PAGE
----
Apple has finally responded to the criticism of their lack of disclosure about MobileMe problems in the last two weeks by providing a more detailed status page that they promise to update “every other day or so.” The messages there as of 27-Jul-08 explain how the broken parts of MobileMe are still being fixed.
The most vexing issues for an apparently small number of MobileMe users – Apple consistently says it’s 1 percent – was an inability to access email via me.com or an email client, as well as to send email, starting on 18-Jul-08.
The first status message says that a temporary solution has been put in place that will let those affected users retrieve email sent since that date, receive new email, as well as send email. The message “regret[s] to report the loss” of about 10 percent of messages received between July 16th and 18th, too. (Apple could have offered to forward people’s email as soon as the problem stretched more than a day, or helped people set up accounts at Gmail, for crying out loud.)
The target is now August 1st for full access to mail stored or received before July 18th. The message implies that this is a rolling solution, with an ever-increasing number of affected users gaining access to their older mail before August 1st.
There’s not much of an apology in there; an attitude of passivity pervades the regrets, as in “One issue we encountered.” That’s not quite passive voice – “an issue was encountered by us” – but it’s not in the spirit of acknowledging faults, either. This isn’t an island previously unknown by humanity: it’s a system you developed, Apple, and you didn’t encounter the issue, it’s an epiphenomenon of your design and transition choices.
The message notes that the team “has fixed over 70 bugs,” which confirms most users’ impressions that MobileMe launched as an unofficial beta. We don’t know the severity of all these bugs – Apple provides no transparency on these kinds of issues – so it’s hard to evaluate fully and fairly.
In Macworld, TidBITS editor Jeff Carlson reviewed the MobileMe service, and its synchronized integration with the iPhone and Mac OS X desktop. He gave the service a 3.5 mouse rating, and received oceans of criticism in the comments from folks for whom the service isn’t working well, or who fall into the supposed 1 percent who had no MobileMe email.
Macworld editorial director Jason Snell responded in comments to critics of the review, who accuse him, Jeff, and Macworld of accepting compensation from Apple in exchange for a “positive” review, which Jeff’s hardly was. It’s tricky to review a service that works perfectly fine for the vast majority of users, when the reviewer doesn’t experience the problems other people report.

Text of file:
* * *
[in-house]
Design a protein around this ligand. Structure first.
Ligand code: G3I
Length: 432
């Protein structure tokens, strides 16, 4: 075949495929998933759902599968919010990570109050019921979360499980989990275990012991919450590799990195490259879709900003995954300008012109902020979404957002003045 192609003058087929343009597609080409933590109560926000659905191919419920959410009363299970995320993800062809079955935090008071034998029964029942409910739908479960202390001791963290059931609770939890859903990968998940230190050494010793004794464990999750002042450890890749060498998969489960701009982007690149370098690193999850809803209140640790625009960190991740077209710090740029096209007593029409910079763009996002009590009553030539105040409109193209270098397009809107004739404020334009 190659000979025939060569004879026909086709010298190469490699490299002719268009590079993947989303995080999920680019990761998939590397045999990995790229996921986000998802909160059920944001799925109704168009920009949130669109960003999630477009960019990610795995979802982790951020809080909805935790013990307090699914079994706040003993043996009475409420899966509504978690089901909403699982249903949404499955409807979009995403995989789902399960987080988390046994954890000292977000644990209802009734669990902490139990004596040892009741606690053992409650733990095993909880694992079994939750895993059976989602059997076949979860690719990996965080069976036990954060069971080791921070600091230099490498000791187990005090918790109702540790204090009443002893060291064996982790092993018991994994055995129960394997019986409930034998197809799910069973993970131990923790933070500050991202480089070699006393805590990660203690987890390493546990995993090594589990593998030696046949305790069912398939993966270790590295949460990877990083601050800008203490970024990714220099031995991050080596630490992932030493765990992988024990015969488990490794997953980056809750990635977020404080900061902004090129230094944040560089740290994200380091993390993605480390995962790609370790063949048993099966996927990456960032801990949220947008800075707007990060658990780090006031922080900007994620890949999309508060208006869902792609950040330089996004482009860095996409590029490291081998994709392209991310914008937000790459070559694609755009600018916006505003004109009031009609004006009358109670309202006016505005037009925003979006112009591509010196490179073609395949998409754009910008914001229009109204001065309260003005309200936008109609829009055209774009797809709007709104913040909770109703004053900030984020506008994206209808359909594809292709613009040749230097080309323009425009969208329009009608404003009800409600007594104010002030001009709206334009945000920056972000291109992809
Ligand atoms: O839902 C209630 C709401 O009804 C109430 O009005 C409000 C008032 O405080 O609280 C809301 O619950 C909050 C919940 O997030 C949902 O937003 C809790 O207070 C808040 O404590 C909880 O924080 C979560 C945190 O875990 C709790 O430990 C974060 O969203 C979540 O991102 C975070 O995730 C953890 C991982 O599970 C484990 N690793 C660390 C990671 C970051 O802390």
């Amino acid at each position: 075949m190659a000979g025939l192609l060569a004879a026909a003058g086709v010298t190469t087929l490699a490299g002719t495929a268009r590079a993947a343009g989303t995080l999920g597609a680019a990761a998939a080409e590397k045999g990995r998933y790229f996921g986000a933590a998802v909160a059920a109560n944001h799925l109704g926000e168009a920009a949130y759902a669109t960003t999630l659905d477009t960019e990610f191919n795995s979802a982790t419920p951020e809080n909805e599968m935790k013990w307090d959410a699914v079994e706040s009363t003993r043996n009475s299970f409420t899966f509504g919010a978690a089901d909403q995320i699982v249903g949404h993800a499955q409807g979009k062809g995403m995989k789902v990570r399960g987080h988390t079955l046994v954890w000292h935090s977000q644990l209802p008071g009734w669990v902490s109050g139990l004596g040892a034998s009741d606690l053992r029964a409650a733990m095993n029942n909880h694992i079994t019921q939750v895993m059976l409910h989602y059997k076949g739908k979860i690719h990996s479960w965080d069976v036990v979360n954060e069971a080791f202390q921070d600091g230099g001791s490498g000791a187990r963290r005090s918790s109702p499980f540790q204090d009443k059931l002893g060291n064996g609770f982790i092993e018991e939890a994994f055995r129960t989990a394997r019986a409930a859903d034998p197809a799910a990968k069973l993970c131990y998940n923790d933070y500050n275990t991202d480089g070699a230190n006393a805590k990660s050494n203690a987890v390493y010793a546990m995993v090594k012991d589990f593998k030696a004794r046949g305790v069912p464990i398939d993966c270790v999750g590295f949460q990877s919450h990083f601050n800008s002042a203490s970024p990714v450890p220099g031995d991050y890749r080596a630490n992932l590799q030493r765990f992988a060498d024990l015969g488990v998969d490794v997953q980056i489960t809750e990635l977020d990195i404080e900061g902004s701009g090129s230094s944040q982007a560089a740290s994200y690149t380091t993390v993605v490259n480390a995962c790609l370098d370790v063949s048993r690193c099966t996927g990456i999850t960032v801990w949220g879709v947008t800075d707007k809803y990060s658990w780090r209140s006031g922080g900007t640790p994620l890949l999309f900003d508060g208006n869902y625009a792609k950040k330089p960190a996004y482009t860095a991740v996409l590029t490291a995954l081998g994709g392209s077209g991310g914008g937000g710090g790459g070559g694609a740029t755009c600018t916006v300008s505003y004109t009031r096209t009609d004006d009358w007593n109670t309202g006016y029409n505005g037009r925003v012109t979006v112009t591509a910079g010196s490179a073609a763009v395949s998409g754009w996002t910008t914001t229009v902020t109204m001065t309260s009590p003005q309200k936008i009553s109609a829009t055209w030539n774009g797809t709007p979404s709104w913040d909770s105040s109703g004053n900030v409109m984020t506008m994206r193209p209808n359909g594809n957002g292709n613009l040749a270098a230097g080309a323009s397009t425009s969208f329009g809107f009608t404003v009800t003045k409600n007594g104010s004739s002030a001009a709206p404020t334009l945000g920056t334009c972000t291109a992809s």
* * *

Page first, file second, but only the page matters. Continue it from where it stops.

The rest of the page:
(For the record, despite my indignation, MobileMe now works perfectly for me, except an inability to upgrade my account to a Family Pack, which Apple is aware of as a problem. Apple is overwhelmed with support requests, and after waiting 30 minutes to start a text chat via their support Web site, and another 15 or 20 minutes to work through it with the rep, I was told that while it would be fixed, there was no way for Apple to notify me that a problem I’d reported was resolved. Which is, frankly, absurd; it’s as if they don’t track requests and resolutions.)
The initial status message galls me somewhat because it’s a pretense to accept responsibility for a problem without actually doing so. The tone of regret is flat and off-key. It’s the tone of a restaurant server who doesn’t actually care that they lost your order trying to pretend that he or she is sorry in order to not lose the tip.
Even the introduction noting “Steve Jobs has asked me” rings flat: the note isn’t signed. Who are you, anonymous MobileMe product manager? Suck it up, and own up! The second posting is signed “David G.,” which is at least a step in the right direction, although not much of one, since signing the note “Zaphod Beeblebrox” would be equally as informative (or more so, since we’d at least know that the signer wasn’t going to use his real name).
Apple’s level of secrecy around new products and services appears increasingly unwise, because the firm is losing the valuable services of private and public betas. As a reviewer, I’ve found numerous bugs in the shipping versions of nearly every Apple product I’ve tested, including show-stopping ones. Time Capsule was a notable case, shipping with widely experienced problems.
Beta testing outside a company is a key step in most product development, and it prevents embarrassing omissions – things a company’s employees don’t think of testing, or perhaps even try to slide by as an edge case. I’ve found many of those problems, as I’m Mr. Edge Case; with MobileMe, many users found these problems.
MobileMe is a special case in that it’s hard to predict how applications will scale (although there are tools to test that). However, it’s time to tell Apple that the wall of silence doesn’t benefit you or your users. Mr. Jobs, tear down this wall.